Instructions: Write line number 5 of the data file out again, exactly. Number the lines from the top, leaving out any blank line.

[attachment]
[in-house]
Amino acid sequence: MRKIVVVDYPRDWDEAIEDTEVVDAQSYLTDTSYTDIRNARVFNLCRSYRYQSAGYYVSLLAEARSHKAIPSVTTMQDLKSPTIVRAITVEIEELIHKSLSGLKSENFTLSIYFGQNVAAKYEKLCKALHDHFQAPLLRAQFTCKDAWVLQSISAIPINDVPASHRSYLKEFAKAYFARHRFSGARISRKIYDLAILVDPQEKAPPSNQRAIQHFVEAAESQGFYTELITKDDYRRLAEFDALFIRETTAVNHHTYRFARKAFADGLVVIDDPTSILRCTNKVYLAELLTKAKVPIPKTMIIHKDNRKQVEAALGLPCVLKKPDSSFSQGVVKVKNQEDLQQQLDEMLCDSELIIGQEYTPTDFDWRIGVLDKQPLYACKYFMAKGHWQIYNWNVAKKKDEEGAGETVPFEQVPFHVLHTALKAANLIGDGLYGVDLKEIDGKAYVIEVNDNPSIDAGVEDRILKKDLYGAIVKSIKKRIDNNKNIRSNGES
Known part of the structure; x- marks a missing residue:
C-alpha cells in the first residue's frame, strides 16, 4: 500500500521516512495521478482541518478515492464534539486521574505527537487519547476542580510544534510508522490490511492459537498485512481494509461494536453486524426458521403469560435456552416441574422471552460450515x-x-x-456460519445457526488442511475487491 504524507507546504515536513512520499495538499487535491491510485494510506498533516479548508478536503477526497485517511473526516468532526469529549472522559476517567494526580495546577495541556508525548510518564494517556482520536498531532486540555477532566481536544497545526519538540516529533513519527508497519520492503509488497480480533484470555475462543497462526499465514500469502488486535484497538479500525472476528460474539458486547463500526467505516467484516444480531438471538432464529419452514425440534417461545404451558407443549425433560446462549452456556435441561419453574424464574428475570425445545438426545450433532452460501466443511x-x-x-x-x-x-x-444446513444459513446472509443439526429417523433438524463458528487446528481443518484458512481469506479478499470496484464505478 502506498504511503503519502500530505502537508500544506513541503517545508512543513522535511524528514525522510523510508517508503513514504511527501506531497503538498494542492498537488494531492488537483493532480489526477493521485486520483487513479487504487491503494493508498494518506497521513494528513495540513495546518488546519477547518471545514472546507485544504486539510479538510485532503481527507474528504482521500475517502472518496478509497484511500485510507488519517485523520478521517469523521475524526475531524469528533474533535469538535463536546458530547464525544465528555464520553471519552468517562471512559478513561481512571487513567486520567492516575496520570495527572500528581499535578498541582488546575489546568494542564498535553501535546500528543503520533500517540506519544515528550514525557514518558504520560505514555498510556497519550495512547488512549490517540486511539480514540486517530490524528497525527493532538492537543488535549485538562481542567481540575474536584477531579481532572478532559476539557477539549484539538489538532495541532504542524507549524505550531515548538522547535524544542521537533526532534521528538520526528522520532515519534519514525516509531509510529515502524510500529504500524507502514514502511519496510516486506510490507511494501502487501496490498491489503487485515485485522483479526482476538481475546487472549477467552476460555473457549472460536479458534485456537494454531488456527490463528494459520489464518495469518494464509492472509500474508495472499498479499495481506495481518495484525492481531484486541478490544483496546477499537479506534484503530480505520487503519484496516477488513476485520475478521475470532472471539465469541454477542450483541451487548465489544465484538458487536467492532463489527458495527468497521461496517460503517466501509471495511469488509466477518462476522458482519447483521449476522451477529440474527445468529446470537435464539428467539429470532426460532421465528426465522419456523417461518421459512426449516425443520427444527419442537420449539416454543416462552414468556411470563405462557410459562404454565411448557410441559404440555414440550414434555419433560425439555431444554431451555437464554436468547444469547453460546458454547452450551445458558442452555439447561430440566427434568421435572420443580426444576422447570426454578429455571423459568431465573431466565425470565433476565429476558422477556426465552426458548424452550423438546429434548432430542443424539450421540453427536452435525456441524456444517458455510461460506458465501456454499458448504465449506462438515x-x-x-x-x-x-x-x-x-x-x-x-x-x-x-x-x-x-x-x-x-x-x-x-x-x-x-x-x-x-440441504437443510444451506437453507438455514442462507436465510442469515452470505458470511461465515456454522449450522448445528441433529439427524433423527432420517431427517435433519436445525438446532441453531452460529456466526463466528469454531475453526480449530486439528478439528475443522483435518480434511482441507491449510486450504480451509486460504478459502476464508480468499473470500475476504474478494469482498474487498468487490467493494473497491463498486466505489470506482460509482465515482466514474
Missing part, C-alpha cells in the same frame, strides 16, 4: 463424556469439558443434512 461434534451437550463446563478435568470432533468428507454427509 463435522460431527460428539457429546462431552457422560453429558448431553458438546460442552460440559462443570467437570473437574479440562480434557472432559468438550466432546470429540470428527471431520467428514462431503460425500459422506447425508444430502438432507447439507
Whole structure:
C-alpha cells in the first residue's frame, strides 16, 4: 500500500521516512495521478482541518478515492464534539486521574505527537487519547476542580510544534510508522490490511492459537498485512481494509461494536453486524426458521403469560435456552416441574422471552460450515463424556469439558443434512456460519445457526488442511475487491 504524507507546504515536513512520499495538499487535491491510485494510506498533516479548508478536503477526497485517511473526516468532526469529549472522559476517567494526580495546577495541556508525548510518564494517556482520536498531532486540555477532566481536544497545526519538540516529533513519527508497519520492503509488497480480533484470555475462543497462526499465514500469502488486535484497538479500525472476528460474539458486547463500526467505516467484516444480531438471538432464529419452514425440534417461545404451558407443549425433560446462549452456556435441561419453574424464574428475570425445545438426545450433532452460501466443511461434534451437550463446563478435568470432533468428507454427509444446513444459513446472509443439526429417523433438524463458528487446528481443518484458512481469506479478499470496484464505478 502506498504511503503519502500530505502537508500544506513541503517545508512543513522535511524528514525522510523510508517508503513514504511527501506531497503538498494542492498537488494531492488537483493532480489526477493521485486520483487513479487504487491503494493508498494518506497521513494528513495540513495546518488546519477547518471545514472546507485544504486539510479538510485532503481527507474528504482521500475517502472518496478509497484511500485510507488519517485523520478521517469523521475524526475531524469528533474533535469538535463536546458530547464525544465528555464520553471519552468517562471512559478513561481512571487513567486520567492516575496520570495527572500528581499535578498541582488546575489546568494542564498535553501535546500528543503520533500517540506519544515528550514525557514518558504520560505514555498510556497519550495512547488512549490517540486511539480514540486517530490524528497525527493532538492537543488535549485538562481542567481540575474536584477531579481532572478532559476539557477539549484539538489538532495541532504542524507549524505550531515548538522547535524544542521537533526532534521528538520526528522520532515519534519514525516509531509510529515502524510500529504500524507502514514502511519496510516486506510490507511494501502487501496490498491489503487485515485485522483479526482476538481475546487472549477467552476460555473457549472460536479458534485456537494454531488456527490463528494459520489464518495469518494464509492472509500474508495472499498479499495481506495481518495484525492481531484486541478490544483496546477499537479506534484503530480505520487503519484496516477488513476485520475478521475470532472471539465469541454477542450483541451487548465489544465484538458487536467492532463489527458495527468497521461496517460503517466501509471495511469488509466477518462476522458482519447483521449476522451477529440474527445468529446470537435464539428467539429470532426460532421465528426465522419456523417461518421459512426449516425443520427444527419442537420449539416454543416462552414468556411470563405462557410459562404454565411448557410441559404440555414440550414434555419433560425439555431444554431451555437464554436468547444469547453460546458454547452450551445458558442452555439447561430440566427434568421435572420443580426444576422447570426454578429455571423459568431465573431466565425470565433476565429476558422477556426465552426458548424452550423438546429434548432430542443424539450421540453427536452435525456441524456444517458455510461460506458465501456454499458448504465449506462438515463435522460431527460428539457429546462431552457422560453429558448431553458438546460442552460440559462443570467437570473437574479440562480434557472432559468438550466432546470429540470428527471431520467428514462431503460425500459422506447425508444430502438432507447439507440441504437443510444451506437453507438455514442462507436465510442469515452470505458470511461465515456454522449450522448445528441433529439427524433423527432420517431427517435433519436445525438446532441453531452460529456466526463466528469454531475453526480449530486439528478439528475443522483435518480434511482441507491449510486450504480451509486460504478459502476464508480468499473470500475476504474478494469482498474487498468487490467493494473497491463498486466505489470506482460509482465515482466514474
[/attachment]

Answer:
Missing part, C-alpha cells in the same frame, strides 16, 4: 463424556469439558443434512 461434534451437550463446563478435568470432533468428507454427509 463435522460431527460428539457429546462431552457422560453429558448431553458438546460442552460440559462443570467437570473437574479440562480434557472432559468438550466432546470429540470428527471431520467428514462431503460425500459422506447425508444430502438432507447439507